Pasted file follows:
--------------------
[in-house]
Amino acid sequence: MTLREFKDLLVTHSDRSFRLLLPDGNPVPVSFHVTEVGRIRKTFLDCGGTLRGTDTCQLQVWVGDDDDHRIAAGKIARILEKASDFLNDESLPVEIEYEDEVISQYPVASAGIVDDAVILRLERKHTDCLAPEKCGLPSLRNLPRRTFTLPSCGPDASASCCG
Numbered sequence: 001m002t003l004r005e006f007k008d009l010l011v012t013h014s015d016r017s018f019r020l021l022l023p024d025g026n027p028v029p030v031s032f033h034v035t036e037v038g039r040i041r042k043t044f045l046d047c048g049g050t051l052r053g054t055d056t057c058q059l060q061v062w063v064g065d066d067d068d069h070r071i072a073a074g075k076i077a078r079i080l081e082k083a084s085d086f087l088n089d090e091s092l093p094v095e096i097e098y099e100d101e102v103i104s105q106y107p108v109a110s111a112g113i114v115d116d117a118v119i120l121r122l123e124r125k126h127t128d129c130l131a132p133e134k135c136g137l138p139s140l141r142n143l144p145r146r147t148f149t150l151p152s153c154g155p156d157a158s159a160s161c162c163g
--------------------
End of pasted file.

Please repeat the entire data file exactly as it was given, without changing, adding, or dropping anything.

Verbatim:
[in-house]
Amino acid sequence: MTLREFKDLLVTHSDRSFRLLLPDGNPVPVSFHVTEVGRIRKTFLDCGGTLRGTDTCQLQVWVGDDDDHRIAAGKIARILEKASDFLNDESLPVEIEYEDEVISQYPVASAGIVDDAVILRLERKHTDCLAPEKCGLPSLRNLPRRTFTLPSCGPDASASCCG
Numbered sequence: 001m002t003l004r005e006f007k008d009l010l011v012t013h014s015d016r017s018f019r020l021l022l023p024d025g026n027p028v029p030v031s032f033h034v035t036e037v038g039r040i041r042k043t044f045l046d047c048g049g050t051l052r053g054t055d056t057c058q059l060q061v062w063v064g065d066d067d068d069h070r071i072a073a074g075k076i077a078r079i080l081e082k083a084s085d086f087l088n089d090e091s092l093p094v095e096i097e098y099e100d101e102v103i104s105q106y107p108v109a110s111a112g113i114v115d116d117a118v119i120l121r122l123e124r125k126h127t128d129c130l131a132p133e134k135c136g137l138p139s140l141r142n143l144p145r146r147t148f149t150l151p152s153c154g155p156d157a158s159a160s161c162c163g